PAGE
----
SIGIR also released a 186-page final report entitled  “Learning from Iraq” that contained interviews with senior American and Iraqi leaders who lamented the missed opportunities the aid money presented.   Their comments reaffirmed what SIGIR officials had determined over the years, that the U.S. undertook large projects in Iraq without much input from Iraqis or long-range planning for how they would be maintained after the U.S. military left Iraq.

One example listed in the final report was a 2004 contract for $80 million to build  the 3,600-bed Khan bani Sa’ad prison in Diyala province.   By June 2006, the project was terminated for “failure to make sufficient progress on the project” and “massive cost overruns” that put the project two years behind schedule.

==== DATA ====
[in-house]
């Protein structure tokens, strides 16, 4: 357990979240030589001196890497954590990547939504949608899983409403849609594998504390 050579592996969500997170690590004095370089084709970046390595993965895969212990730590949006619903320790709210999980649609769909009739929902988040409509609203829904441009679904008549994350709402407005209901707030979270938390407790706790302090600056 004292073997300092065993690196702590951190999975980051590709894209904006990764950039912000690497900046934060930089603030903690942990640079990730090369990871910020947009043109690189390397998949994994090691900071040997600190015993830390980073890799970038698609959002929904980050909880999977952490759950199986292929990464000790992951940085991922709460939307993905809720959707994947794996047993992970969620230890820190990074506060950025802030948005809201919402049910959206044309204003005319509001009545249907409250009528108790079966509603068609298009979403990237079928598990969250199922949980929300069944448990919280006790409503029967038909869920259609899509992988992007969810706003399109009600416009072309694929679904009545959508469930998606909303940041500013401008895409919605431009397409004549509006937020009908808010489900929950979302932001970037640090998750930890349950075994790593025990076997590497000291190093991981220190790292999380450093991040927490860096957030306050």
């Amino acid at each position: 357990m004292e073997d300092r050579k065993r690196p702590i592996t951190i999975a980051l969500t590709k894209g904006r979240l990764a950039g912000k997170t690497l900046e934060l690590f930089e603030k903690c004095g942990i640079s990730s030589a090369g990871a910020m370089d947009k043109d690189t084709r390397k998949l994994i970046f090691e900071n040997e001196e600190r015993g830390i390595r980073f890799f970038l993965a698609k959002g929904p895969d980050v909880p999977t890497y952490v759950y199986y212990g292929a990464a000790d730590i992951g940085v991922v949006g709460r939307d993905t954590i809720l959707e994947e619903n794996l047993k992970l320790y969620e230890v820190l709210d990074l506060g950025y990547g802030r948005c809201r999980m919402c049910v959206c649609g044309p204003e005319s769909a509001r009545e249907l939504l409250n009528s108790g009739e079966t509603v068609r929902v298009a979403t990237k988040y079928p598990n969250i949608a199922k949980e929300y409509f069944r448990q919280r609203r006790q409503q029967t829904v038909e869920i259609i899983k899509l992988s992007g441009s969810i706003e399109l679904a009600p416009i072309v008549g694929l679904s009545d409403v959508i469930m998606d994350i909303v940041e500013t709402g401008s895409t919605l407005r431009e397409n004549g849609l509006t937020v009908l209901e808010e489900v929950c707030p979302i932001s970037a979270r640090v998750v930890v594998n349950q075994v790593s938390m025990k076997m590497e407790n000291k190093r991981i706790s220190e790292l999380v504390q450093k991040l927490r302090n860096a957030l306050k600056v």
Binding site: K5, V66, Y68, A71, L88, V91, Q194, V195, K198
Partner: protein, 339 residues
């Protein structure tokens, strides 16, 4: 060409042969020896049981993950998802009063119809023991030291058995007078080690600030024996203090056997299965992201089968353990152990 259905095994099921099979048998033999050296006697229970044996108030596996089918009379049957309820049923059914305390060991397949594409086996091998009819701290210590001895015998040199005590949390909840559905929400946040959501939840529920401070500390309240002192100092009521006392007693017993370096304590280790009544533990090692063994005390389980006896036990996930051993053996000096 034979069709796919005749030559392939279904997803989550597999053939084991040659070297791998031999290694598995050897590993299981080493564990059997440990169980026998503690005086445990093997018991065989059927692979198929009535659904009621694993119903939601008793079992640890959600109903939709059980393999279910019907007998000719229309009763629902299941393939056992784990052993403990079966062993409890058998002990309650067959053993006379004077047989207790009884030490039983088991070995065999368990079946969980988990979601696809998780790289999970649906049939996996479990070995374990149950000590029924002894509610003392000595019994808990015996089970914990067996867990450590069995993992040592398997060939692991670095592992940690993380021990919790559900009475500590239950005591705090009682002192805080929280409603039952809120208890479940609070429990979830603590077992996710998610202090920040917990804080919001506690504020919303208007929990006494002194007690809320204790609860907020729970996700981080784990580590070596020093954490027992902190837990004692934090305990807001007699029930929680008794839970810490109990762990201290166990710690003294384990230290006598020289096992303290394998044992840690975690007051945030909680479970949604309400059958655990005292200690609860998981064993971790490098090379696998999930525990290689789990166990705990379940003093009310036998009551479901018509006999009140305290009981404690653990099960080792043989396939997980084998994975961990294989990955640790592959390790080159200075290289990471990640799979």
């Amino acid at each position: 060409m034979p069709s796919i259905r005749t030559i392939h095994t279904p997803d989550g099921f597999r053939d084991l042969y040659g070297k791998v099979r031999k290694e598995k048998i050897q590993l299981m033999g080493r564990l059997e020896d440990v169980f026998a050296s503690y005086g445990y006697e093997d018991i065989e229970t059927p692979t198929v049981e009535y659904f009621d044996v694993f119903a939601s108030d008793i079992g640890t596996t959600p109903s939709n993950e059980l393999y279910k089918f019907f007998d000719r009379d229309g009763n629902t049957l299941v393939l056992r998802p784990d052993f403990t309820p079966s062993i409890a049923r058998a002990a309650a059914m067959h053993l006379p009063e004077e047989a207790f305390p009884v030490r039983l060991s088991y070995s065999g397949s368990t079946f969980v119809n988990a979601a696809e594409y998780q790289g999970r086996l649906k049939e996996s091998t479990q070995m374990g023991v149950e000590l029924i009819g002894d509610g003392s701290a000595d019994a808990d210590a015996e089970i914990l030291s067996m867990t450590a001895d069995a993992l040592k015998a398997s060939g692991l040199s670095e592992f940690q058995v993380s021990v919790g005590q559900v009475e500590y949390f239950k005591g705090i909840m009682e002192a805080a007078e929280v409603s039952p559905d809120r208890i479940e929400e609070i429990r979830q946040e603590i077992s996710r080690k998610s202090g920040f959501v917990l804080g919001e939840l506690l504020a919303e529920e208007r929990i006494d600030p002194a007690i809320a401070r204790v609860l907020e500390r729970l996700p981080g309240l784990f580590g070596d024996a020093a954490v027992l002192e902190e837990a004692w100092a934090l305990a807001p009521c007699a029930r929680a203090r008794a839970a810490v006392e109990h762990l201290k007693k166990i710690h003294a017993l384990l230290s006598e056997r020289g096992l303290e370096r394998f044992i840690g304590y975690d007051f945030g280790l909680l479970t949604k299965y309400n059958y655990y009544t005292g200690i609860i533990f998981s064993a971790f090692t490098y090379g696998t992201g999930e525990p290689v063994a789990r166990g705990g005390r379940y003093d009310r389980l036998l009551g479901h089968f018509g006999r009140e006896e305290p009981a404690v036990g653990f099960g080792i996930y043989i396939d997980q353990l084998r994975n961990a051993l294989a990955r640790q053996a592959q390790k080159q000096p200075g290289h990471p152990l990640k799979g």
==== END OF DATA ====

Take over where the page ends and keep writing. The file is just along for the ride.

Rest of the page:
But efforts toward construction continued for another year before the project was totally scrapped.  By then, $40 million had been spent, no building on the facility had been completed and the Iraqi Ministry of Justice said it did not have plans to use it.

According to the report, “SIGIR visited the site in June 2008, finding it neither secured nor occupied by the GOI. SIGIR’s assessment documented poor-quality workmanship by [the contractor] Parsons, including many potentially dangerous conditions. Several sections were recommended for demolition. The site still sits dormant in Diyala and apparently will never be used.”

But SIGIR also found instances where U.S. funds had been spent on projects that provided long-lasting benefits to Iraq and were delivered on time.